BY SANDRA RIANO
Senior Opinion Editor
One of the most difficult transitions from high school to college is the shift in responsibility. Three years ago I learned it is no longer a teacher’s job to force you to sit in a classroom; the professors have other students and they don’t have time to be running around after you. Show up or don’t – it only affects you. It becomes your decision very quickly on how you want to approach college. Are you going to take on this responsibility and take this seriously? Are you going to take advantage of a lax attendance policy and go out for Taco Bell instead? Personally, I did both.
The secret is to take college seriously, because it’s your future that depends on it. However, you also should be aware of when you need to take mental health days. I learned very quickly that being overwhelmed and underfunded is the quickest way to develop negative feelings towards a college experience. I had to step back for a semester even though I knew it would extend my time at the County College of Morris by at least a year. One semester I only took the two courses I could afford, worked some extra hours and used some of my free time to join clubs. It was also at this point that I had to begin mastering time management, which has allowed me to take on additional classes, jobs, internships and clubs. This turning point in my CCM career made all the difference. The transition from student, to club member, to student leader was fulfilling, and it completely changed how I approached college.
I wish I knew when I started CCM that college was more than just going to class, work and then home. CCM has so much to offer and I still meet students who didn’t know we had access to a gym and a swimming pool, students who don’t know what an articulation agreement is, and students who didn’t know career services would help them build a resume. These are all things I had to find out for myself because there are no morning announcements and no letters sent home. It’s up to you to make the most of this and take all the opportunities that arise.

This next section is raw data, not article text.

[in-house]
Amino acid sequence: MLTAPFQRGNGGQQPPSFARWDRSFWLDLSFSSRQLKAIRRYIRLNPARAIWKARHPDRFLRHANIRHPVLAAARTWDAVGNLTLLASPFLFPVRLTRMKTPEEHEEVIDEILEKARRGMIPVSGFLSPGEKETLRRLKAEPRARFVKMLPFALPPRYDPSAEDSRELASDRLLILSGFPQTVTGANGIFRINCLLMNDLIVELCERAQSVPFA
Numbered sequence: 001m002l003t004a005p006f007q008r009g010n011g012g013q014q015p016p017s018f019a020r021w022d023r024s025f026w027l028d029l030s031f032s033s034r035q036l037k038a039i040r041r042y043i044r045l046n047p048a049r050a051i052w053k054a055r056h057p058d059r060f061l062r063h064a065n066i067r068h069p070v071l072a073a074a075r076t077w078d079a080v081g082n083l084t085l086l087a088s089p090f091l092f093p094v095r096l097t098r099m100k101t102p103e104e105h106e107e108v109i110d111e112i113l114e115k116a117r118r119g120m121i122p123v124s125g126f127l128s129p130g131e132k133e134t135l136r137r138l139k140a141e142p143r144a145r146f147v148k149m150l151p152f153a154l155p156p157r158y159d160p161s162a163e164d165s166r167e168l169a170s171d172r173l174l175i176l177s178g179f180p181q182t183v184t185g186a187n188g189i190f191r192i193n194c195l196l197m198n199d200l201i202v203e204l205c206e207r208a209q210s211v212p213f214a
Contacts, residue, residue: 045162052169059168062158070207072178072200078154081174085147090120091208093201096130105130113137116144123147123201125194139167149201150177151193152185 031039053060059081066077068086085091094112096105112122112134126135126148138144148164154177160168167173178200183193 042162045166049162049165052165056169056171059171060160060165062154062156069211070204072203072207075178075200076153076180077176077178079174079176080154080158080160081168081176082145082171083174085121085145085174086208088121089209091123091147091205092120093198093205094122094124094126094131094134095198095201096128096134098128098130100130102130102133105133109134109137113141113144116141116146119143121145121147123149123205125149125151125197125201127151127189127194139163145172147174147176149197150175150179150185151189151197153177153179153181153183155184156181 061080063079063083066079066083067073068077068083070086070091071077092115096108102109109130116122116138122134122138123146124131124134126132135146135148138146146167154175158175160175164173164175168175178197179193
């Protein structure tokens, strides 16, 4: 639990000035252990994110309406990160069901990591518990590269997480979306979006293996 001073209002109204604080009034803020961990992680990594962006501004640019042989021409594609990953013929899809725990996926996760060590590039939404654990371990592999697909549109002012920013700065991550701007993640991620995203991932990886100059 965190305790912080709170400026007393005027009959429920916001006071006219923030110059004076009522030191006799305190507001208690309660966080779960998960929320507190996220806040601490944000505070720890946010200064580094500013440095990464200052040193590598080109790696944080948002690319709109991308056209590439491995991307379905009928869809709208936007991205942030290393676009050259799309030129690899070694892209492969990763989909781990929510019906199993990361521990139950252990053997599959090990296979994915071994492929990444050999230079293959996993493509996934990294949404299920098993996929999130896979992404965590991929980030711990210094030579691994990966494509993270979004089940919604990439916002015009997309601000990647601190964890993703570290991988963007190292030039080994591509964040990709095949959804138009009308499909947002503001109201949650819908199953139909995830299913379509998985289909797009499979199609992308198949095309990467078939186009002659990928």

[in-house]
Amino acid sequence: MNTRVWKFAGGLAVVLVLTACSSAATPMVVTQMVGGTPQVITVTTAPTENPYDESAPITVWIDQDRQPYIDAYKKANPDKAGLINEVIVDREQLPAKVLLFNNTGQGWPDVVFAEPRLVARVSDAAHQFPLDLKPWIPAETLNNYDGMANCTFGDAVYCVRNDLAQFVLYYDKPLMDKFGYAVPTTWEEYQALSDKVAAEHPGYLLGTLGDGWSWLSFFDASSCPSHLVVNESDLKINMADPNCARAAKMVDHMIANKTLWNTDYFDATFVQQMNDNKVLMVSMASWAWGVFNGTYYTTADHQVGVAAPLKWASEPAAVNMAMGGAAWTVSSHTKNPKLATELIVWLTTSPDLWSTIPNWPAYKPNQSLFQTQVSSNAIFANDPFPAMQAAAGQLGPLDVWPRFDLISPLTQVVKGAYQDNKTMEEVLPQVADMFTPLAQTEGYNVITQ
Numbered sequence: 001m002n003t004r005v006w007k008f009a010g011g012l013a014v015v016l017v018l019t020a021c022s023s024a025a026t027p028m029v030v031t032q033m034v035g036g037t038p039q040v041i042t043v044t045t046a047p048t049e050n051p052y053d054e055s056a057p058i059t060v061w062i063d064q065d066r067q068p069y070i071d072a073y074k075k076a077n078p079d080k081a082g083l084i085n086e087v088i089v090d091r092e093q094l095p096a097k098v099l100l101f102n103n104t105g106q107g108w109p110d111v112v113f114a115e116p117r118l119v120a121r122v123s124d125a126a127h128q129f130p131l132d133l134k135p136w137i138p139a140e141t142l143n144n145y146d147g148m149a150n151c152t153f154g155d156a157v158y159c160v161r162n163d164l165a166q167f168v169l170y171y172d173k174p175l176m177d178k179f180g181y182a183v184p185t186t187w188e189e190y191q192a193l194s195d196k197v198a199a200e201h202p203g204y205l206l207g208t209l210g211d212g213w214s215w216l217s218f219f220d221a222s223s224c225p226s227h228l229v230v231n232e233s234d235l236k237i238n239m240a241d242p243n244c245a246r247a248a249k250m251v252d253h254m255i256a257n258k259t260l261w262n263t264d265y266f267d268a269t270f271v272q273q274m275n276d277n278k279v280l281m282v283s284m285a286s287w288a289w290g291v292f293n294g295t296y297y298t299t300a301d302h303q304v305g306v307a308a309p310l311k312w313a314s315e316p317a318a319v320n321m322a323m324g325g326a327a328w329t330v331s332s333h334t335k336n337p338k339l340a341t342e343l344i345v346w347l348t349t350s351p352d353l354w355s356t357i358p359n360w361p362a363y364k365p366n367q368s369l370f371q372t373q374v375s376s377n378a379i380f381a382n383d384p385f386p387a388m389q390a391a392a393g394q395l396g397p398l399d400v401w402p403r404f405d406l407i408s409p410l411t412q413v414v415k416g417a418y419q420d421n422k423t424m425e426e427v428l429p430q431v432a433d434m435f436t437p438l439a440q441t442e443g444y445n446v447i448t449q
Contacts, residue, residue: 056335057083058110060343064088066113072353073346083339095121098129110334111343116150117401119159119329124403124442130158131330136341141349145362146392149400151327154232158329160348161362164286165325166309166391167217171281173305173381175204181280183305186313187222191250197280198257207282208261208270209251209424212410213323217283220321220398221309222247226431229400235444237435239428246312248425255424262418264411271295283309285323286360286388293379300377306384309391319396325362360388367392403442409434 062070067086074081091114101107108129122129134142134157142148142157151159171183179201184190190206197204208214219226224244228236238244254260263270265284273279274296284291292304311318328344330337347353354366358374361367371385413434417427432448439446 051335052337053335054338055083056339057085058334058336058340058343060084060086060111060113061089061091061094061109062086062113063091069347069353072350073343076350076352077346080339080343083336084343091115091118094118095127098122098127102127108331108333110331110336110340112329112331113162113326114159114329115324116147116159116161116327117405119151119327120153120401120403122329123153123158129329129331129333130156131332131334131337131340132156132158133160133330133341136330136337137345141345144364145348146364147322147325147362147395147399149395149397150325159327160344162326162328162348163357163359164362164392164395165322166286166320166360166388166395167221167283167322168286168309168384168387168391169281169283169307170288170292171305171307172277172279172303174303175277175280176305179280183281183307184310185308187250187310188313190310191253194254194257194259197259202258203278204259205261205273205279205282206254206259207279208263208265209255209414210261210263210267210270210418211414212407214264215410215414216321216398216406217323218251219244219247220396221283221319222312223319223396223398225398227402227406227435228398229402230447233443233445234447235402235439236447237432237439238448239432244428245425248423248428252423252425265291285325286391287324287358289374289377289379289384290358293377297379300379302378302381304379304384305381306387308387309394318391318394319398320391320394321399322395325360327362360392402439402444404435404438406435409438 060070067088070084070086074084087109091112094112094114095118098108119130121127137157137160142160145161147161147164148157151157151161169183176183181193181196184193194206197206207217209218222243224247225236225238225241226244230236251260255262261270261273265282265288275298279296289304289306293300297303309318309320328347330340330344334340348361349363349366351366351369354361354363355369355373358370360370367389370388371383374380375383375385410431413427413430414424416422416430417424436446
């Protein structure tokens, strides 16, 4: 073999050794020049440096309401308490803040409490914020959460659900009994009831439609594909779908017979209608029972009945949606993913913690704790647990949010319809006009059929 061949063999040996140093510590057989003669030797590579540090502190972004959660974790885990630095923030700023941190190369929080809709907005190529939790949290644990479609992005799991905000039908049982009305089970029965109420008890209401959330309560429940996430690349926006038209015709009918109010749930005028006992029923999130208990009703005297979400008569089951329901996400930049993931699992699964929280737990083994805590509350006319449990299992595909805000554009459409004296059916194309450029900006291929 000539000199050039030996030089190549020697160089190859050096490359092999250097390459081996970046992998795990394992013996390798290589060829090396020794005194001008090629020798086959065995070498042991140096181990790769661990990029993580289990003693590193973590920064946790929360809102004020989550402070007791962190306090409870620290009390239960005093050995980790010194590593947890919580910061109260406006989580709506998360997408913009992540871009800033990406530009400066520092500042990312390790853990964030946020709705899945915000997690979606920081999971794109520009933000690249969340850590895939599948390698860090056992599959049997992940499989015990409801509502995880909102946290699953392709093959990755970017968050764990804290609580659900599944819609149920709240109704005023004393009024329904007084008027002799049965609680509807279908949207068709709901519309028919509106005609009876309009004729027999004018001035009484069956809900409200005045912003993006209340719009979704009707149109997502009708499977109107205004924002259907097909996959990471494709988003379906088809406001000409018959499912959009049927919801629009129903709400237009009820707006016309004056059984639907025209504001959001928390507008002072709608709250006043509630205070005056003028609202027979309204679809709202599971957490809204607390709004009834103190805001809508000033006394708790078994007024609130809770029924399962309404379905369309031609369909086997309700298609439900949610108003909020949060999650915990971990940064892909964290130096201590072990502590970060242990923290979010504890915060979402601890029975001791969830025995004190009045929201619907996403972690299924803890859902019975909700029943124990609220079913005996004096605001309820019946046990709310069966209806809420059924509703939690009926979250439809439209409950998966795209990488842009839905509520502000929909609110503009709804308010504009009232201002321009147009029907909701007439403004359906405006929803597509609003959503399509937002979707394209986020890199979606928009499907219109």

I understand it’s difficult to be happy here at first; all of your friends are off at four year schools, but resenting your time at CCM will only hold you back in the long run. Whether you are here for financial reasons or academic ones, the faster you realize that you are getting a valuable education, the faster you start enjoying the time you spend here. The rumors you’ve heard and the pity filled looks from peers in high school are not indicative of CCM
I wish I knew that college would provide me with more opportunities than one person can handle. You can’t take on every job, every internship and every club, and that’s okay.
I wish I knew that stigmas are more easily erased through accomplishments than through Facebook comments.
I wish I knew earlier that student leadership came with perks like free food!
I wish I knew earlier about the scholarships CCM offers, because they would’ve really helped me out when I first started and I was struggling to pay tuition.
I wish I knew that the easiest way to get the schedule you want is to really learn how to advise yourself. You know what you can handle better than any professor does. Be sure to mix together courses that vary in interest to you so you don’t end up with a hellishly boring semester, and try to line up some courses that may even go together, such as American Government and the History of U.S Minorities. Some of the content in related courses overlaps, which can help you gain better understanding from different perspectives.
I wish I went on more field trips and dabbled in clubs outside of my comfort zone, but I didn’t, and that’s okay. The point is, we all had different experiences here and I wish I had known earlier about all the things I mentioned. But in a way, learning the hard way made my experiences that much more valuable.
I am indebted to my time at CCM, but not to a financial institution. Instead, I owe my accomplishments to all the faculty, staff and student leaders who made CCM an unforgettable place. So, if I could tell my freshman self one thing, it would be to just pick a club and join it, because it makes creating friendships so much easier, and it makes college more manageable having a support system of likeminded students to help you when you need it. Stop fretting about not having friends and thinking no one talks to each other and start the conversation. You never know what kind of background stories you will get to hear, and you will make some great friends along the way.